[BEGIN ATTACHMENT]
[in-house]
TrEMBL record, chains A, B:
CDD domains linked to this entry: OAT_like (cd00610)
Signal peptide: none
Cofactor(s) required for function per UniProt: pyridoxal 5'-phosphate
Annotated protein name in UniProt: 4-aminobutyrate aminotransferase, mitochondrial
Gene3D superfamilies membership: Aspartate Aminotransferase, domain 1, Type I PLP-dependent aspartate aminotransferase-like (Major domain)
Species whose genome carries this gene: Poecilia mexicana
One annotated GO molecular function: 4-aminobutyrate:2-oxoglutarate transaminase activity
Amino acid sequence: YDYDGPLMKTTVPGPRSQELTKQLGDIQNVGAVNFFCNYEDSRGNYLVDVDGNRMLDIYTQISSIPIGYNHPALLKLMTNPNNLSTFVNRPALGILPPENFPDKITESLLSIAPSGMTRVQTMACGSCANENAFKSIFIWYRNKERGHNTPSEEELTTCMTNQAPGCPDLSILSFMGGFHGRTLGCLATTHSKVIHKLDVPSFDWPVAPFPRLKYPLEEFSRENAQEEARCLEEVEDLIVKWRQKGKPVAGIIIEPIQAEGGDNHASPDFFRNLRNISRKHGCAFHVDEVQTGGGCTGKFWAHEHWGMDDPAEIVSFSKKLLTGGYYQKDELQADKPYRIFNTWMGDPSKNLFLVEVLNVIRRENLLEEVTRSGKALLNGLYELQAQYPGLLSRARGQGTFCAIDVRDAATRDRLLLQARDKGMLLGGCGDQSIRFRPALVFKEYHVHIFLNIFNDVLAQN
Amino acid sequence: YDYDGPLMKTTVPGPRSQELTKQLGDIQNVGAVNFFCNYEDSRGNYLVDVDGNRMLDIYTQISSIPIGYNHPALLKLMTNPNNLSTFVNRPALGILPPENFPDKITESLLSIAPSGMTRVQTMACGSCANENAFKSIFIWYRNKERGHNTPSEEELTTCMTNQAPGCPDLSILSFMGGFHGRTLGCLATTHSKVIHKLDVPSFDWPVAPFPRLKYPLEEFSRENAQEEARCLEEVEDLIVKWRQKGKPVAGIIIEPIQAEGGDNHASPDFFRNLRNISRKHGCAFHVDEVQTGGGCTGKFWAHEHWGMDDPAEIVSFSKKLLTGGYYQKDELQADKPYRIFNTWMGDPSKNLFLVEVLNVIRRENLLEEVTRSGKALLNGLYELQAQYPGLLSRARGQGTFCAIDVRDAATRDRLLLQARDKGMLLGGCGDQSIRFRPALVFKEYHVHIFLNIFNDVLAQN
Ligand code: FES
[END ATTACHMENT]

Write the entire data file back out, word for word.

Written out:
[in-house]
TrEMBL record, chains A, B:
CDD domains linked to this entry: OAT_like (cd00610)
Signal peptide: none
Cofactor(s) required for function per UniProt: pyridoxal 5'-phosphate
Annotated protein name in UniProt: 4-aminobutyrate aminotransferase, mitochondrial
Gene3D superfamilies membership: Aspartate Aminotransferase, domain 1, Type I PLP-dependent aspartate aminotransferase-like (Major domain)
Species whose genome carries this gene: Poecilia mexicana
One annotated GO molecular function: 4-aminobutyrate:2-oxoglutarate transaminase activity
Amino acid sequence: YDYDGPLMKTTVPGPRSQELTKQLGDIQNVGAVNFFCNYEDSRGNYLVDVDGNRMLDIYTQISSIPIGYNHPALLKLMTNPNNLSTFVNRPALGILPPENFPDKITESLLSIAPSGMTRVQTMACGSCANENAFKSIFIWYRNKERGHNTPSEEELTTCMTNQAPGCPDLSILSFMGGFHGRTLGCLATTHSKVIHKLDVPSFDWPVAPFPRLKYPLEEFSRENAQEEARCLEEVEDLIVKWRQKGKPVAGIIIEPIQAEGGDNHASPDFFRNLRNISRKHGCAFHVDEVQTGGGCTGKFWAHEHWGMDDPAEIVSFSKKLLTGGYYQKDELQADKPYRIFNTWMGDPSKNLFLVEVLNVIRRENLLEEVTRSGKALLNGLYELQAQYPGLLSRARGQGTFCAIDVRDAATRDRLLLQARDKGMLLGGCGDQSIRFRPALVFKEYHVHIFLNIFNDVLAQN
Amino acid sequence: YDYDGPLMKTTVPGPRSQELTKQLGDIQNVGAVNFFCNYEDSRGNYLVDVDGNRMLDIYTQISSIPIGYNHPALLKLMTNPNNLSTFVNRPALGILPPENFPDKITESLLSIAPSGMTRVQTMACGSCANENAFKSIFIWYRNKERGHNTPSEEELTTCMTNQAPGCPDLSILSFMGGFHGRTLGCLATTHSKVIHKLDVPSFDWPVAPFPRLKYPLEEFSRENAQEEARCLEEVEDLIVKWRQKGKPVAGIIIEPIQAEGGDNHASPDFFRNLRNISRKHGCAFHVDEVQTGGGCTGKFWAHEHWGMDDPAEIVSFSKKLLTGGYYQKDELQADKPYRIFNTWMGDPSKNLFLVEVLNVIRRENLLEEVTRSGKALLNGLYELQAQYPGLLSRARGQGTFCAIDVRDAATRDRLLLQARDKGMLLGGCGDQSIRFRPALVFKEYHVHIFLNIFNDVLAQN
Ligand code: FES